Gaming company fined over mock call-girl ad

NO JOKE::The company said that the mock picture, which was digitally altered to look like an employee was performing an oral sex act, was ‘mere well-meant teasing’

By Tseng Te-feng and Stacy Hsu  /  Staff reporter, with Staff writer

Sat, Jan 05, 2013 - Page 3

An online gaming company from New Taipei City (新北市) was recently fined NT$100,000 for violation of the Gender Equality in Employment Act (性別工作平等法) after it shrugged off a complaint by a female employee whose photograph was adapted by colleagues into a mock call-girl advertisement.

A photograph of the woman, identified only by an alias, “Niuniu” (妞妞), sticking out her tongue while triumphantly holding a squid she captured during an incentive tour in June last year, was changed into a mock pornographic ad in which the squid was digitally altered to make it look as though she was performing oral sex on a man.

Several indecent slogans in Japanese, including “The fall of innocence” and “I will suck the juice out of you today,” along with a title, “Adult’s Magazine,” were added to the picture.

After learning of the spoof photograph, Niuniu, 29, immediately lodged a complaint with the unidentified company, where she had been working as a receptionist since January 2011.

After her employer merely gave an oral admonition to the alleged pranksters, Niuniu filed a complaint with the New Taipei City Government’s Labor Affairs Department.

The department found that the company in question judged that the parody was “mere well meant teasing” and not a personal attack against Niuniu, citing the amiable atmosphere in the company’s customer service section in which Niuniu worked, as well as spoof pictures involving other employees from the section.

The company maintained that it only cautioned the parties involved not to further circulate and play up the prank picture showing Niuniu, in an attempt to avoid stirring hostility among coworkers by handing down punishments on a select few, the department said.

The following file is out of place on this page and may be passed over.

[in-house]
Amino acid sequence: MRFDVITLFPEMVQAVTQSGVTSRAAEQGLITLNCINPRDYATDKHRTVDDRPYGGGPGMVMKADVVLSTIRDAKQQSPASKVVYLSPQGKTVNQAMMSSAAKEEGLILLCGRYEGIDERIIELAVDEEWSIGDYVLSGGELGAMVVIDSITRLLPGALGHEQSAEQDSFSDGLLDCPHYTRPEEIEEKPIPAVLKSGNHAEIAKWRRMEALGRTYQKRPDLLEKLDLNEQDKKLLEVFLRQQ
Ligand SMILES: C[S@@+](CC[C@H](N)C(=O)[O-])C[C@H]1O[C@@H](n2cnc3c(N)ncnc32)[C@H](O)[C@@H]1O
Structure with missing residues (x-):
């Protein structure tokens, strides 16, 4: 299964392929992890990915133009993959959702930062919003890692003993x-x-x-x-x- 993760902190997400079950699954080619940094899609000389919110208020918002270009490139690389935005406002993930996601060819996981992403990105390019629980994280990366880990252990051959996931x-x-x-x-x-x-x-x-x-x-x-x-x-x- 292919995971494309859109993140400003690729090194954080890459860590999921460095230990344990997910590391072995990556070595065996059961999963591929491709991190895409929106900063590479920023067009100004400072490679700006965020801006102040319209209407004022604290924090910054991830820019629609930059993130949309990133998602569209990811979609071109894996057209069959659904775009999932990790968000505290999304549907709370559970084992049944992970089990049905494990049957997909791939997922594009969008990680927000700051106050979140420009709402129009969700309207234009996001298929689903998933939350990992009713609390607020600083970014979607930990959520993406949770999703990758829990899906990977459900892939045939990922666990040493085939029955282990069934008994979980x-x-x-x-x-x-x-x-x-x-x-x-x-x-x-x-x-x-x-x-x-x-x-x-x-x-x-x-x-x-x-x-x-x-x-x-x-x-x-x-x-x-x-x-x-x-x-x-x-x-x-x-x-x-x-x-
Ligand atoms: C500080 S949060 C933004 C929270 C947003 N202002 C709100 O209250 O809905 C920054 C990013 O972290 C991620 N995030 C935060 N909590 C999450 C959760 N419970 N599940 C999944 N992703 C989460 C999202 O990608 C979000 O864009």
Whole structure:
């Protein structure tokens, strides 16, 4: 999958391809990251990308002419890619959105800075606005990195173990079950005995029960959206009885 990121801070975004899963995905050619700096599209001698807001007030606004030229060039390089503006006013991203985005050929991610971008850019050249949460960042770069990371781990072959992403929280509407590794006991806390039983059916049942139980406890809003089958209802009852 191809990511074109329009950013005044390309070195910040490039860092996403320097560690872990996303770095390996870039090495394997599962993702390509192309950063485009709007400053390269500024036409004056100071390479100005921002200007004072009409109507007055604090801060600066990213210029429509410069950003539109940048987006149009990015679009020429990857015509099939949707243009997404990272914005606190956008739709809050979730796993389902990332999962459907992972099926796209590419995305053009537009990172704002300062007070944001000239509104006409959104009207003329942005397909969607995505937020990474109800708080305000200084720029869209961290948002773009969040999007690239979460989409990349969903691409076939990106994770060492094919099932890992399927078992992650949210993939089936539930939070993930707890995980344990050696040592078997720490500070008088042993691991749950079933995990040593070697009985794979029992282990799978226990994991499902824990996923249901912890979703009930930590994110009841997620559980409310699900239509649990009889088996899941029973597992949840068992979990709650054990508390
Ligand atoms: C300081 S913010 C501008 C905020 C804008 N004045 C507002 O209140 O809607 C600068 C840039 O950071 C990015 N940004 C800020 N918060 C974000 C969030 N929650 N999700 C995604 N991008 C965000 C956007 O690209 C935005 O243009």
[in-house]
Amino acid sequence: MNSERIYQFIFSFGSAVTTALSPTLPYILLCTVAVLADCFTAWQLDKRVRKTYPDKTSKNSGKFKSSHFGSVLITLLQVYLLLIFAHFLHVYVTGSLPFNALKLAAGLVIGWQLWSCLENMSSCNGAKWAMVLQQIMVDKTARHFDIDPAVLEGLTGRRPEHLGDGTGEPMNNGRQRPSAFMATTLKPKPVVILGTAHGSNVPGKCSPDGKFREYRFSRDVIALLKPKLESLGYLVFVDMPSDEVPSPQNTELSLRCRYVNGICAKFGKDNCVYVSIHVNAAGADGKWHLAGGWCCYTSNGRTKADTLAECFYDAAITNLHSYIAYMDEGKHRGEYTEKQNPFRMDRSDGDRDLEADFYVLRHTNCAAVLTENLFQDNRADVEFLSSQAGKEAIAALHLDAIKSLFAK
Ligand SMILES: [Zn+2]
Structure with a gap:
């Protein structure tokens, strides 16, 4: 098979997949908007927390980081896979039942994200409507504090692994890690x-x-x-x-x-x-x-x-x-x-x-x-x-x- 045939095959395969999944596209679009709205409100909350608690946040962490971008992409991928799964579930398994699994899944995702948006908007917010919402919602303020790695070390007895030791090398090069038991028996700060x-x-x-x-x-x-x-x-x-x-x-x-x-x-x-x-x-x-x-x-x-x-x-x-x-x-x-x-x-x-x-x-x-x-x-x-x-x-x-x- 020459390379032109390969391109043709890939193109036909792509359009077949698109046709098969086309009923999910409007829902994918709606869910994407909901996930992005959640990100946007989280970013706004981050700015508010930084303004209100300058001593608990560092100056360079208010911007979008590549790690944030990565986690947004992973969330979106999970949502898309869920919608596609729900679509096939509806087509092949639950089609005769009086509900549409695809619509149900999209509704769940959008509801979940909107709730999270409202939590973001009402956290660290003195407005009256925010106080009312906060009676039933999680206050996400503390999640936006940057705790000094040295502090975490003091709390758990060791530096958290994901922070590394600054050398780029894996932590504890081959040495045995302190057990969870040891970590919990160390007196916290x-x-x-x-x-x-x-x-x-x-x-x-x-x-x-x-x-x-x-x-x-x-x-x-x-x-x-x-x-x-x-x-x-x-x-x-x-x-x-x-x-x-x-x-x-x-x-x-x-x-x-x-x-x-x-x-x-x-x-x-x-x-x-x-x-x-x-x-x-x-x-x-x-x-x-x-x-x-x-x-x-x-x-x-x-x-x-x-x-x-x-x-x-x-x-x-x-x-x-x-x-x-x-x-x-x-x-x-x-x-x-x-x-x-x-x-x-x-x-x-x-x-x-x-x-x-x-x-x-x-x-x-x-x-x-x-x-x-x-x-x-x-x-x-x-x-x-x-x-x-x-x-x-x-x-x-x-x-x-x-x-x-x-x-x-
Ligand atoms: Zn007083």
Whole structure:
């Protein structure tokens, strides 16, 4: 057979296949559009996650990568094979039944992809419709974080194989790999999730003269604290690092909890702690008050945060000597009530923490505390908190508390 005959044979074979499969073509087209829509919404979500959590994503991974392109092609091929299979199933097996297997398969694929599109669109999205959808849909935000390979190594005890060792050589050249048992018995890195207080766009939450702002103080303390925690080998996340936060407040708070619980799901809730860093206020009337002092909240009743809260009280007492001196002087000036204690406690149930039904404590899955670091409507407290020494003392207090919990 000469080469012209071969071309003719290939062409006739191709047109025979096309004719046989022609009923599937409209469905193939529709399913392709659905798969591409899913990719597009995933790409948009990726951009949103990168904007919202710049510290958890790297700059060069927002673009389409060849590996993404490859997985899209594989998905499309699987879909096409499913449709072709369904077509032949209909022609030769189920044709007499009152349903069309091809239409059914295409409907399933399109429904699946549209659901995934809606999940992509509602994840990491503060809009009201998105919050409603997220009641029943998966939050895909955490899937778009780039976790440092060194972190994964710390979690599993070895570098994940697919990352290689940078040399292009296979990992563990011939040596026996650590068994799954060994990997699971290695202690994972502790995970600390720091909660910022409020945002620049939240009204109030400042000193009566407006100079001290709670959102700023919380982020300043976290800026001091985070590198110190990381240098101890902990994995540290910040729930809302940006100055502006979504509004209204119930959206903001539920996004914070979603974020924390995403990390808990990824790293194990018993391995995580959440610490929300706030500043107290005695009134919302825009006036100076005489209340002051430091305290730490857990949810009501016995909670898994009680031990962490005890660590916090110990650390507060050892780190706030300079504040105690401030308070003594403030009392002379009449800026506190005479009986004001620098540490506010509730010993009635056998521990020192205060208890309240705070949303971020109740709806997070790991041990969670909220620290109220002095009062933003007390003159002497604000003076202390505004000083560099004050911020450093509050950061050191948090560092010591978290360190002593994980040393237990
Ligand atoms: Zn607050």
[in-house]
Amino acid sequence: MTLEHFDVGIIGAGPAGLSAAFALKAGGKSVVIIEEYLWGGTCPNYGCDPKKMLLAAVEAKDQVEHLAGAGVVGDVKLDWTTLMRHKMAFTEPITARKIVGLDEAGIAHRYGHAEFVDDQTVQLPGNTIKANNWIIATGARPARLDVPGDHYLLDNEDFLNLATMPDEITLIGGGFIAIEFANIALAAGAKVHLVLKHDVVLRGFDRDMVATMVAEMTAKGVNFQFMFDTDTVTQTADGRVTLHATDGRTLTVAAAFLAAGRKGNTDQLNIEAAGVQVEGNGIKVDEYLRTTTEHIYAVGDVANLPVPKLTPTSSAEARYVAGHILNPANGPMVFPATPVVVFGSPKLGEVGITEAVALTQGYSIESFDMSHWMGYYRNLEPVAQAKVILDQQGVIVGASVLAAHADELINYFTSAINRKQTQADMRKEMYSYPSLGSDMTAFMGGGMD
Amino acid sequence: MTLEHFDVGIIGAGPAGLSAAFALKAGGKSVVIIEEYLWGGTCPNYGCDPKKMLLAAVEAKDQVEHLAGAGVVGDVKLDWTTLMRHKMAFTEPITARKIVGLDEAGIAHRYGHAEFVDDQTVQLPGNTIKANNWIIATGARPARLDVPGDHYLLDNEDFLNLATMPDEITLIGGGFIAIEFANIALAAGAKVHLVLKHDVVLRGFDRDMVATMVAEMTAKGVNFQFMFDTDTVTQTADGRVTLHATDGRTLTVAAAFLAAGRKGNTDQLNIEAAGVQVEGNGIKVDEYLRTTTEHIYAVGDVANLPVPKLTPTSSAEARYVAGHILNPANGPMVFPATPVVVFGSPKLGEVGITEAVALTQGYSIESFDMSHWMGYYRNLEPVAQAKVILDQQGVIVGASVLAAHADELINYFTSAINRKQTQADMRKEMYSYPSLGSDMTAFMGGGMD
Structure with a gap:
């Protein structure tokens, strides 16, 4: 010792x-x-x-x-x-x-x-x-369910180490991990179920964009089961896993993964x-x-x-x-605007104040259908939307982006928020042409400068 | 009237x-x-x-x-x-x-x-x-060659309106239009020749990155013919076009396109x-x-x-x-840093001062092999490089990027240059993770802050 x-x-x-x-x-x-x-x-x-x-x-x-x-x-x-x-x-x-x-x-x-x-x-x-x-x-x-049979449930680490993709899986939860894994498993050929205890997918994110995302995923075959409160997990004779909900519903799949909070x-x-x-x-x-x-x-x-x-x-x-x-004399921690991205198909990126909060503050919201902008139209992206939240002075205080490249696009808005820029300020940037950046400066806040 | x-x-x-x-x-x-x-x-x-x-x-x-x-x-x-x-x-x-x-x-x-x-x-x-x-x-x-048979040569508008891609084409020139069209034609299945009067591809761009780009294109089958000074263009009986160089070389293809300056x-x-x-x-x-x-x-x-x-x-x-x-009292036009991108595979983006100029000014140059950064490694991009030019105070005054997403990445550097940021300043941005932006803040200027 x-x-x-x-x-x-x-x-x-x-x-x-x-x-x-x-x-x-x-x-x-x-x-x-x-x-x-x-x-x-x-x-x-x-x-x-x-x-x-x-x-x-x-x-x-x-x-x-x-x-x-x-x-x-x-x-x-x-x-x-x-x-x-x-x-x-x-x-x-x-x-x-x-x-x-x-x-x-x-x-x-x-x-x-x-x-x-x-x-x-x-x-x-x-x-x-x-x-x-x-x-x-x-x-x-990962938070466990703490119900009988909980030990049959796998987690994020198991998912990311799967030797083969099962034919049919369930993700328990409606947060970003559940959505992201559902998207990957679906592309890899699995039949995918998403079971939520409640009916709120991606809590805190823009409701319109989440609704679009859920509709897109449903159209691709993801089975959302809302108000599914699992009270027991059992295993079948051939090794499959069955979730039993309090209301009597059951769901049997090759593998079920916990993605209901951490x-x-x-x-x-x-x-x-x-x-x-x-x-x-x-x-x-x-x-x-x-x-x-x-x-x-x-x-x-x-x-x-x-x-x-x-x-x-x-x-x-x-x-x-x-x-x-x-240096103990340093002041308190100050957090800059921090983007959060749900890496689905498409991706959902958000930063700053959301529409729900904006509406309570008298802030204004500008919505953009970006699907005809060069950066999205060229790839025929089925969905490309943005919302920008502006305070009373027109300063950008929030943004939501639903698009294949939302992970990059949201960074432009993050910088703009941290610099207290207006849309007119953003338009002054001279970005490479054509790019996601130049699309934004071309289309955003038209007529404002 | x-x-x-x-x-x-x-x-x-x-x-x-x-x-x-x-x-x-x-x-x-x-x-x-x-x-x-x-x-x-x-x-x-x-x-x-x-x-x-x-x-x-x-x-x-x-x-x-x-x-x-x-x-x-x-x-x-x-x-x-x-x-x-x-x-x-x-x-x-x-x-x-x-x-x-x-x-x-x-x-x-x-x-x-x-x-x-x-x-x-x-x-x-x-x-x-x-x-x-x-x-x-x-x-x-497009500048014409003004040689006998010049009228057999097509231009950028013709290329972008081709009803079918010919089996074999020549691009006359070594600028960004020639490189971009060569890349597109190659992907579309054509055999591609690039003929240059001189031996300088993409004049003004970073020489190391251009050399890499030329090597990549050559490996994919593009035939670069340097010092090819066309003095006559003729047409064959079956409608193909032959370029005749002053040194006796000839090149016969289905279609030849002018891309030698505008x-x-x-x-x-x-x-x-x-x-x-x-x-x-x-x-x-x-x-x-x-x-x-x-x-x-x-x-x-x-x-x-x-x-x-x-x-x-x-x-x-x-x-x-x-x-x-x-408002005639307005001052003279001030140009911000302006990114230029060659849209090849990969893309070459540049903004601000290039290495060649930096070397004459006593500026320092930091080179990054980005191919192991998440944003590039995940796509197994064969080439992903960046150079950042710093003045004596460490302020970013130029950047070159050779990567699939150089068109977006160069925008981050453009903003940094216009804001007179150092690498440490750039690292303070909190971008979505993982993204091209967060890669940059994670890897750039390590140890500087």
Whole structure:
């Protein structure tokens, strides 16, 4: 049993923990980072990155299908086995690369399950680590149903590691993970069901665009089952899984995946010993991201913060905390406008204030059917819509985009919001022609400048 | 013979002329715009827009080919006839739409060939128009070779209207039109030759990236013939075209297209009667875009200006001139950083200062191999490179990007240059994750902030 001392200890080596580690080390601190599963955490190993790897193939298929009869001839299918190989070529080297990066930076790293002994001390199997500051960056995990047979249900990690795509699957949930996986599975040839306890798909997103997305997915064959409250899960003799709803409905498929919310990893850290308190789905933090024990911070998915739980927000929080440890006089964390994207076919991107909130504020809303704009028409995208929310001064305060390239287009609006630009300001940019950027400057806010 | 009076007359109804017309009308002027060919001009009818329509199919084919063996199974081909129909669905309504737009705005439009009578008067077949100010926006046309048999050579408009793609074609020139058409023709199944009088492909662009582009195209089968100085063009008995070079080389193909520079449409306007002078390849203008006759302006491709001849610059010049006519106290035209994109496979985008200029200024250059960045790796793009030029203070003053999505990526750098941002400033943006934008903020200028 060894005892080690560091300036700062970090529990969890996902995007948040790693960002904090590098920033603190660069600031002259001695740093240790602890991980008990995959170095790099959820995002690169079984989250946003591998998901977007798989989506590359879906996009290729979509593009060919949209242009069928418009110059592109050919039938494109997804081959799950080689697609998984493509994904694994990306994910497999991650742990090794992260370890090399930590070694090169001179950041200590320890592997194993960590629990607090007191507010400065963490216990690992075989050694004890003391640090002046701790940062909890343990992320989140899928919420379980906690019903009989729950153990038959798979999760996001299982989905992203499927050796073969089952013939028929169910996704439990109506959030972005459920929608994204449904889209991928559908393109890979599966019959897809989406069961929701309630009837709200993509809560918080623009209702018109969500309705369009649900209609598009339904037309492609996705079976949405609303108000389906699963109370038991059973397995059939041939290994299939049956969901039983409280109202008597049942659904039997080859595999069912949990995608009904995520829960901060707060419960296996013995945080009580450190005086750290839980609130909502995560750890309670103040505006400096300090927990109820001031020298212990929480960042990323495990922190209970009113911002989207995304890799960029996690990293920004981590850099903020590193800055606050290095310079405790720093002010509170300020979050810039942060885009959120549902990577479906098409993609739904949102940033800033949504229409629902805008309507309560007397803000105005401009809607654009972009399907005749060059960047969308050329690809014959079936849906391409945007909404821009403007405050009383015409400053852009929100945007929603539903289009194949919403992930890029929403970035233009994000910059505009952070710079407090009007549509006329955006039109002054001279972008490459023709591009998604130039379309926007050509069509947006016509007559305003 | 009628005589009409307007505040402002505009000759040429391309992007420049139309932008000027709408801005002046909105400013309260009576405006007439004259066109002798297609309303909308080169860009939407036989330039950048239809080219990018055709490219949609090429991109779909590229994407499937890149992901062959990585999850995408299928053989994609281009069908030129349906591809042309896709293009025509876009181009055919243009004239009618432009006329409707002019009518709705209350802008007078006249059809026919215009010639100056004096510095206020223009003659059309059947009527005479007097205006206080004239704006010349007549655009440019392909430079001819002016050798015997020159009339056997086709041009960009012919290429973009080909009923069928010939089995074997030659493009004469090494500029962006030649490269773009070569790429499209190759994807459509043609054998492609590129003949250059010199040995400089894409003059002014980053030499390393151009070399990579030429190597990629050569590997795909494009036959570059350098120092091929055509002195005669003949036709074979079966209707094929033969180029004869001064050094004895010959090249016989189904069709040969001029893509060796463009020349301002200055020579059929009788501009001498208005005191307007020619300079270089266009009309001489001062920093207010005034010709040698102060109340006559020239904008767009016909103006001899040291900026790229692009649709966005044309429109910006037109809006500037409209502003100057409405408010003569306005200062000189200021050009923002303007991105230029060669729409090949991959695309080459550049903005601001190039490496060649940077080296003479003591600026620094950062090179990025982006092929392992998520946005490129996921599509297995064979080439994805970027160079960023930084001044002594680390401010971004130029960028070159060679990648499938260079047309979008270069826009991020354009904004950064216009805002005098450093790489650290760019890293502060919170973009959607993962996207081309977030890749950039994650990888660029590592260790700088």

However, the department found that the image went a lot farther than those showing other members of staff.

In addition, Niuniu said that she felt it was unlikely that the prank was “well-meant.”

Niuniu said that she was referred to as “big fat sheep” (大肥羊) by her colleagues on the company’s internal communication system, who also collectively changed their online statuses to: “My biggest gain in this firm is getting to know big fat sheep Niuniu.”

Based on its findings, the department referred the case to New Taipei City Employment Discrimination Committee, which ruled that the company’s handling of Niuniu’s workplace predicament ran counter to the Gender Equality in Employment Act.

Labor Affairs Department. Deputy Director Hsu Hsiu-neng (許秀能) said the act stipulated that corporations set up a complaint channel and a committee charged with launching investigations into work-related disputes similar to Niuniu’s case.

Hsu said that employers should immediately implement concrete measures to put an end to unwanted situations and administer proper disciplinary action to concerned parties in the event of such disputes.

“However, the company in question failed to take adequate action, correct reprehensible deeds and to adopt remedial measures. The committee deemed this to be in transgression of sexual harassment policies and imposed a NT$100,000 fine,” Hsu said.

Meanwhile, Niuniu, who recently resigned from the company, has taken 10 of her former colleagues who were allegedly responsible for the photo prank and the insulting article to court, claiming an offense against personal reputation.